Outside the first envelope 3 but inside the second envelope 4, an intermediate space 22 is formed within the second inner chamber 21 outside the first envelope 3. The limits of the intermediate space 22 are the outer face 5A of the wall 5 of the first envelope 3 and the inner face 16A of the wall 16 of the second envelope 4. On wall 16, in particular on the main wall 18, at least one port 20 suitable for alternately being closed or connected in a fluidtight and detachable manner, for example to a source of gas, may be provided. In particular, the port 20 may be placed in the open state to allow the introduction of a gas into the second envelope 4, and in particular into the intermediate space 22. The port 20 may also be placed in the closed state, in particular during storage, transport, and use of the bag 1.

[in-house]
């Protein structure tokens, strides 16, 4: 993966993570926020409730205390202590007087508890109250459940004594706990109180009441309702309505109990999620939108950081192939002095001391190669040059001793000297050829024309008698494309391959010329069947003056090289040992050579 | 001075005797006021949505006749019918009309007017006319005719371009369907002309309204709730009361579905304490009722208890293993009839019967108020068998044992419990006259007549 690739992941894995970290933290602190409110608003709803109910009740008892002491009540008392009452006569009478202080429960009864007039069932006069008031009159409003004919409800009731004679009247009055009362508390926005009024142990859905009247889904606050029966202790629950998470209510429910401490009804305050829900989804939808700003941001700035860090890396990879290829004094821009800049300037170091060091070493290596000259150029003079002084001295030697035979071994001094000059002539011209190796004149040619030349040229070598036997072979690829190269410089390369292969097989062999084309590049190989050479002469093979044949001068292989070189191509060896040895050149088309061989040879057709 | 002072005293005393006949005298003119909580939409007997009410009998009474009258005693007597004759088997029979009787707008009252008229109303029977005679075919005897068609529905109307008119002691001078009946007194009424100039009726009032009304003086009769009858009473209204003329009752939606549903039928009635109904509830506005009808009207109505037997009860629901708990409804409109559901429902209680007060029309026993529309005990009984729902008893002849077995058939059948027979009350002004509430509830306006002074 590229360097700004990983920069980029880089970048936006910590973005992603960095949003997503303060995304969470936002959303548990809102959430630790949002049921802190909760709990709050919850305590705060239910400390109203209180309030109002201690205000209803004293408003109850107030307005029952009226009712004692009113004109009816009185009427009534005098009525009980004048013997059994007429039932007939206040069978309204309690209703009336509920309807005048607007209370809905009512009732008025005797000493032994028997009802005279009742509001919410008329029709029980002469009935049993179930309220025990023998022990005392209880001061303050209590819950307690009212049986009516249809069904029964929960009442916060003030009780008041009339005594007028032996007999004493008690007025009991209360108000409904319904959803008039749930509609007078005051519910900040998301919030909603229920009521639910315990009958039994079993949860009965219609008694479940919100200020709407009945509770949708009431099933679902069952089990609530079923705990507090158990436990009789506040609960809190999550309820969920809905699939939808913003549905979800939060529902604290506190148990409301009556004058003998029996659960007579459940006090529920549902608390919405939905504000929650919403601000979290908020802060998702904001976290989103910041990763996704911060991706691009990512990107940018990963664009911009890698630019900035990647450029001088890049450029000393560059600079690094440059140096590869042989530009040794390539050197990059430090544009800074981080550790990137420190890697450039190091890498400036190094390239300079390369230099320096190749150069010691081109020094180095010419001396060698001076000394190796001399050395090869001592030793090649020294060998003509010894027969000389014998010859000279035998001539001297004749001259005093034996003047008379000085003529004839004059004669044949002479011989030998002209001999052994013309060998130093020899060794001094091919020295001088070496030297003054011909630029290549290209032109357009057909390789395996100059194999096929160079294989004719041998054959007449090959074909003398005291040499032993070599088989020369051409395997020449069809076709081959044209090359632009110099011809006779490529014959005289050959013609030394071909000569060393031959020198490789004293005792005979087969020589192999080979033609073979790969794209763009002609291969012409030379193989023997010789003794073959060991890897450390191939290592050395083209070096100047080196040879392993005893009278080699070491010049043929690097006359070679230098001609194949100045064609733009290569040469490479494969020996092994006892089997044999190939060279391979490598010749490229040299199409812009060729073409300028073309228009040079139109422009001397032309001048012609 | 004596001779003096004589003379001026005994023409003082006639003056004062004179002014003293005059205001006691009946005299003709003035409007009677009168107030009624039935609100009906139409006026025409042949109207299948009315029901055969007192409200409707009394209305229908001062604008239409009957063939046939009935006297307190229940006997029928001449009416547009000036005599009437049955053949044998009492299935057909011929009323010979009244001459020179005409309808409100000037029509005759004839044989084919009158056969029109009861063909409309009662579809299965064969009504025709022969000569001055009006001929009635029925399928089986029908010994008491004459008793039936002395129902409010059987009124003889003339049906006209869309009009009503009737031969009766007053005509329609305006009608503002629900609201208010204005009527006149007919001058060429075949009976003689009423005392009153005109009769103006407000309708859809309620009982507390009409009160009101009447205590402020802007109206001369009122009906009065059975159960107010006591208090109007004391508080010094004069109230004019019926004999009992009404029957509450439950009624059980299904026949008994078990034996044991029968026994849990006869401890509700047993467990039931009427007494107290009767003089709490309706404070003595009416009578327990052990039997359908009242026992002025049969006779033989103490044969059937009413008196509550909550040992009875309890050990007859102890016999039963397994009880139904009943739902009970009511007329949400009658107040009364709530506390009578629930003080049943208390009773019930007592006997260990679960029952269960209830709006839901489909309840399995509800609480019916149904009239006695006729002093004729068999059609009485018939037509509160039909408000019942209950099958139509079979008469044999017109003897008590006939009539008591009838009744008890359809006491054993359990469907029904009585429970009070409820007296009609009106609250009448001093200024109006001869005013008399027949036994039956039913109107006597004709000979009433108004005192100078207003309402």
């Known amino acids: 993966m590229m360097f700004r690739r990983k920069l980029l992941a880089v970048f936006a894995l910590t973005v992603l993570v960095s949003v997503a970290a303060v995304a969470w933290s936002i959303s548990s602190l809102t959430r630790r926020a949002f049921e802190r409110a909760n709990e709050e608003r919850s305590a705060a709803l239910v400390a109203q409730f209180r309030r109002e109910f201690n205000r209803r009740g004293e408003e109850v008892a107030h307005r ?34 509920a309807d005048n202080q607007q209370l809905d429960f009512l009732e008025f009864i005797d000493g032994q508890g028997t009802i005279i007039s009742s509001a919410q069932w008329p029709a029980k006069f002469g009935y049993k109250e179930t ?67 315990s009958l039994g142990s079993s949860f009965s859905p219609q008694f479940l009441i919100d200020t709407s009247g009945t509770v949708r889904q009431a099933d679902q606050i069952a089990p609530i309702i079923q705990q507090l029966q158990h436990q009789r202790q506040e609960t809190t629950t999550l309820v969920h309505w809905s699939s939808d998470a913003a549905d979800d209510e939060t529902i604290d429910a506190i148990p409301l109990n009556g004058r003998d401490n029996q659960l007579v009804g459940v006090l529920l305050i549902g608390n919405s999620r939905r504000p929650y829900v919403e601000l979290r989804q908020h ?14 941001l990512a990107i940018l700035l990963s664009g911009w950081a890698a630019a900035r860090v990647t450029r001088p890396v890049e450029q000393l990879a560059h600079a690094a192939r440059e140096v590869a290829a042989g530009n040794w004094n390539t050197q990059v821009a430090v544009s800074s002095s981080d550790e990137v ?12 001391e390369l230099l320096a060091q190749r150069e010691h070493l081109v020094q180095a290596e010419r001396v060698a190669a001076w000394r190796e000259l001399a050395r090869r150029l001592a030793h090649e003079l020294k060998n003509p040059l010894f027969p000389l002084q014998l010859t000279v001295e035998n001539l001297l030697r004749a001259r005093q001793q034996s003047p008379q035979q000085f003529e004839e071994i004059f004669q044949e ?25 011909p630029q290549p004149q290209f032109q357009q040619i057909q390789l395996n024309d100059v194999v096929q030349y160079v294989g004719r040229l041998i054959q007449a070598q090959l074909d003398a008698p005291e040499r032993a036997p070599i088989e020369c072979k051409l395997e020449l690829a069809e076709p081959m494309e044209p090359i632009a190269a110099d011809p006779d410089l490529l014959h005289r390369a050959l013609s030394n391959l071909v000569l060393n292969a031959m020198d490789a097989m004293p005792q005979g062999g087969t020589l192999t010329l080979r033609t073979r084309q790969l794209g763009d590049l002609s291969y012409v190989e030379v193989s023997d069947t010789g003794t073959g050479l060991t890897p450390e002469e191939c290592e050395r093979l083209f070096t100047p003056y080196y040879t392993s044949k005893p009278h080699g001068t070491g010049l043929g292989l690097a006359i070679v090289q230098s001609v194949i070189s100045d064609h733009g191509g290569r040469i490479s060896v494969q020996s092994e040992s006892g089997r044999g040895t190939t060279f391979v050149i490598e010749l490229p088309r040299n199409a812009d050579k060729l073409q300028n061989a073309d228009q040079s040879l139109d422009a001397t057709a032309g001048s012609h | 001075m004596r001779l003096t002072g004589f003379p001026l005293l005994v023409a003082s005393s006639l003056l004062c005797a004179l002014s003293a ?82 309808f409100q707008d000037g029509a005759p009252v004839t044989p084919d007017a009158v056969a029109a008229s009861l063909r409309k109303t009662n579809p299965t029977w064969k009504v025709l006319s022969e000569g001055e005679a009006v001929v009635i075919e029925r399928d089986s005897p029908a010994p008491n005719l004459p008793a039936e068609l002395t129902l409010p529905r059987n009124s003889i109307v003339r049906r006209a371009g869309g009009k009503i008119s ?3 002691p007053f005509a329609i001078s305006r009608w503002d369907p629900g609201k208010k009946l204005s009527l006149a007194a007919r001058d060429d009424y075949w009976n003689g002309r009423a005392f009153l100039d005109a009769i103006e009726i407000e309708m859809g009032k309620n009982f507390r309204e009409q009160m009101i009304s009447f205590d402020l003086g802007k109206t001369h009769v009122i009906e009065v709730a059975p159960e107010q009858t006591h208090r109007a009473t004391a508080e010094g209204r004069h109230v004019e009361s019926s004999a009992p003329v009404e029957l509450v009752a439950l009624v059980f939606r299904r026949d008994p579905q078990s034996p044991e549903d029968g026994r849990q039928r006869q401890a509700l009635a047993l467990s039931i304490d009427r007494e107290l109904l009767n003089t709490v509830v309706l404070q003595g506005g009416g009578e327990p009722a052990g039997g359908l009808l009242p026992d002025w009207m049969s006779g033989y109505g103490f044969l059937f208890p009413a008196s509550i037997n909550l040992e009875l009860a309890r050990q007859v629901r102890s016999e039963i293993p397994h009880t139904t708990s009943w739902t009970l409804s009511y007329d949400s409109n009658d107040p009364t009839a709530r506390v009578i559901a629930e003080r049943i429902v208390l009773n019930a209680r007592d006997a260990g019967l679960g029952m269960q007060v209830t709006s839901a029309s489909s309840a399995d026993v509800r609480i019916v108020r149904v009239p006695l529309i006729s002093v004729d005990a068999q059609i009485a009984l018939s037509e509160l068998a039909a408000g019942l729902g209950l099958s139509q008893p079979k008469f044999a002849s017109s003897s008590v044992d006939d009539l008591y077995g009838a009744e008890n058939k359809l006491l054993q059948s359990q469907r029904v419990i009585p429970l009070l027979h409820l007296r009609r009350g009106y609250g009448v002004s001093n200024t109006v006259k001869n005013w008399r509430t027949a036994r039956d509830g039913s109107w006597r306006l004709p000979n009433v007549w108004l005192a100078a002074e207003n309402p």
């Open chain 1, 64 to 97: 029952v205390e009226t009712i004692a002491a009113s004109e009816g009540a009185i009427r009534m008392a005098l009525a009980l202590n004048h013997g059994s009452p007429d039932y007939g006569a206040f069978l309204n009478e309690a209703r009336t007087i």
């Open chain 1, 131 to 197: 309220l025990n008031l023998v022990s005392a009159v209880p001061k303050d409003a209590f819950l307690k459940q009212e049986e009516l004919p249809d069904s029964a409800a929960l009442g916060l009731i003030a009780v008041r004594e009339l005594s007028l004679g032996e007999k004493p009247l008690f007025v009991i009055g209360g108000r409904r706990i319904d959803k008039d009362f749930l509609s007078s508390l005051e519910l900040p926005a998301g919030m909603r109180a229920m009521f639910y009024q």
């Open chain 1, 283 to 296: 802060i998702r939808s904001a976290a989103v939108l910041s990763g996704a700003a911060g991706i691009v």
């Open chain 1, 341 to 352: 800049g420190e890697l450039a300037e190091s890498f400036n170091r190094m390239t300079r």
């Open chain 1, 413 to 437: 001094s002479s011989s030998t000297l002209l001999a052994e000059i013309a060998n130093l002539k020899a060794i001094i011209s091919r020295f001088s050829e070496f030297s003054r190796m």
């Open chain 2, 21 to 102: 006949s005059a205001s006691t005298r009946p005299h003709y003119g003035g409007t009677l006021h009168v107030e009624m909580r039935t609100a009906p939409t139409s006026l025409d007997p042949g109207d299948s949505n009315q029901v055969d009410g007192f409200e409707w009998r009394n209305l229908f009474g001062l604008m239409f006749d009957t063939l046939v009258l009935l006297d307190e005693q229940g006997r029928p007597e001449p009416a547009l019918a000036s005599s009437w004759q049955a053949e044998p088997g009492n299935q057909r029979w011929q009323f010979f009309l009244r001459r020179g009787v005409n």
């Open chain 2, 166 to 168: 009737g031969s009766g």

The bag 1 also comprises a spacer element 23 housed in the intermediate space 22, interposed between the wall 5 of the first envelope 3 and the wall 16 of the second envelope 4. This spacer element 23 is adapted to prevent a possible hole T in the wall 5 of the first envelope 3 or in the wall 16 of the second envelope 4 from being covered. Such could in fact be the case if the walls 5, 16 come into contact with each other.
The spacer element 23 is porous and may comprise one or more porous layers fully covering the outer face 5A of the wall 5 of the first envelope 3 and/or the inner face 16A of the wall 16 of the second envelope 4. In particular, the spacer element 23 extends over the entire surface of the outer face 5A of the wall 5 of the first envelope 3 and/or the inner face 16A of the wall 16 of the second envelope 4.